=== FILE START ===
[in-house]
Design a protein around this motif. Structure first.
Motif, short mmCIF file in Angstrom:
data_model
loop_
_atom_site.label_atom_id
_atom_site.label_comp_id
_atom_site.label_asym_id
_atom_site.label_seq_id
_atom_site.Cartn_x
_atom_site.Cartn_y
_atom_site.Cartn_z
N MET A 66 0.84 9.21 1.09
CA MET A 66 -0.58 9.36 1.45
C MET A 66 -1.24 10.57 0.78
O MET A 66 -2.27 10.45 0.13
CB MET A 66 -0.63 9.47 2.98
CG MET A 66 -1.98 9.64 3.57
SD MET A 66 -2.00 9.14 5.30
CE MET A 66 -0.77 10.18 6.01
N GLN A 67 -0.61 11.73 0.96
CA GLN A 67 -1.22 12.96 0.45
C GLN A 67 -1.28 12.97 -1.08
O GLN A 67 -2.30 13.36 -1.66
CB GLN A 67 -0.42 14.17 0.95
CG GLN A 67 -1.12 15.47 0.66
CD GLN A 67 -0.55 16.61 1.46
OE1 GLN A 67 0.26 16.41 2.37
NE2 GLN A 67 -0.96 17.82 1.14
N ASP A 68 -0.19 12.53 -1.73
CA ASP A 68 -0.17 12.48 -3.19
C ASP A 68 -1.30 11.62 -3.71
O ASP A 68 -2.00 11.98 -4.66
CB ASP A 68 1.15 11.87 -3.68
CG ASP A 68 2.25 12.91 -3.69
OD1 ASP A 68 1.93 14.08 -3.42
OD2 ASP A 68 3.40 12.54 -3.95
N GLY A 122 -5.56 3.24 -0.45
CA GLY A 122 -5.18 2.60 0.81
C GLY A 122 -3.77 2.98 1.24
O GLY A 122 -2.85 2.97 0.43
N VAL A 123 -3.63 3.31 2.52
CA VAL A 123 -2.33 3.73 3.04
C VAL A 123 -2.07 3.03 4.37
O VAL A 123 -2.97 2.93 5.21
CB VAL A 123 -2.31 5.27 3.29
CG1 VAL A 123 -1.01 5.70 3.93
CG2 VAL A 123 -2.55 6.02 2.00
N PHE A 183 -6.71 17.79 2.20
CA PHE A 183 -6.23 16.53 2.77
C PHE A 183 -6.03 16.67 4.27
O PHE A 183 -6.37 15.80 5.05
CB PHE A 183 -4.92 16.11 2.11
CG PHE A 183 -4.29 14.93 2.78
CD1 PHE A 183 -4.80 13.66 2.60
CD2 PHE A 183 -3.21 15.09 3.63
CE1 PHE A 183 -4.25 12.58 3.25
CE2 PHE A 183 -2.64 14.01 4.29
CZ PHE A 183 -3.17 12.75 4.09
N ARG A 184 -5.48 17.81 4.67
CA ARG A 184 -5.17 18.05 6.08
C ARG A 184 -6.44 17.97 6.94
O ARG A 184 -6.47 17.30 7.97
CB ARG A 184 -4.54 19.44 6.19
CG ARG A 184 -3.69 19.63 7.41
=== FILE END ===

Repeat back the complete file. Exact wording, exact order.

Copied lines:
[in-house]
Design a protein around this motif. Structure first.
Motif, short mmCIF file in Angstrom:
data_model
loop_
_atom_site.label_atom_id
_atom_site.label_comp_id
_atom_site.label_asym_id
_atom_site.label_seq_id
_atom_site.Cartn_x
_atom_site.Cartn_y
_atom_site.Cartn_z
N MET A 66 0.84 9.21 1.09
CA MET A 66 -0.58 9.36 1.45
C MET A 66 -1.24 10.57 0.78
O MET A 66 -2.27 10.45 0.13
CB MET A 66 -0.63 9.47 2.98
CG MET A 66 -1.98 9.64 3.57
SD MET A 66 -2.00 9.14 5.30
CE MET A 66 -0.77 10.18 6.01
N GLN A 67 -0.61 11.73 0.96
CA GLN A 67 -1.22 12.96 0.45
C GLN A 67 -1.28 12.97 -1.08
O GLN A 67 -2.30 13.36 -1.66
CB GLN A 67 -0.42 14.17 0.95
CG GLN A 67 -1.12 15.47 0.66
CD GLN A 67 -0.55 16.61 1.46
OE1 GLN A 67 0.26 16.41 2.37
NE2 GLN A 67 -0.96 17.82 1.14
N ASP A 68 -0.19 12.53 -1.73
CA ASP A 68 -0.17 12.48 -3.19
C ASP A 68 -1.30 11.62 -3.71
O ASP A 68 -2.00 11.98 -4.66
CB ASP A 68 1.15 11.87 -3.68
CG ASP A 68 2.25 12.91 -3.69
OD1 ASP A 68 1.93 14.08 -3.42
OD2 ASP A 68 3.40 12.54 -3.95
N GLY A 122 -5.56 3.24 -0.45
CA GLY A 122 -5.18 2.60 0.81
C GLY A 122 -3.77 2.98 1.24
O GLY A 122 -2.85 2.97 0.43
N VAL A 123 -3.63 3.31 2.52
CA VAL A 123 -2.33 3.73 3.04
C VAL A 123 -2.07 3.03 4.37
O VAL A 123 -2.97 2.93 5.21
CB VAL A 123 -2.31 5.27 3.29
CG1 VAL A 123 -1.01 5.70 3.93
CG2 VAL A 123 -2.55 6.02 2.00
N PHE A 183 -6.71 17.79 2.20
CA PHE A 183 -6.23 16.53 2.77
C PHE A 183 -6.03 16.67 4.27
O PHE A 183 -6.37 15.80 5.05
CB PHE A 183 -4.92 16.11 2.11
CG PHE A 183 -4.29 14.93 2.78
CD1 PHE A 183 -4.80 13.66 2.60
CD2 PHE A 183 -3.21 15.09 3.63
CE1 PHE A 183 -4.25 12.58 3.25
CE2 PHE A 183 -2.64 14.01 4.29
CZ PHE A 183 -3.17 12.75 4.09
N ARG A 184 -5.48 17.81 4.67
CA ARG A 184 -5.17 18.05 6.08
C ARG A 184 -6.44 17.97 6.94
O ARG A 184 -6.47 17.30 7.97
CB ARG A 184 -4.54 19.44 6.19
CG ARG A 184 -3.69 19.63 7.41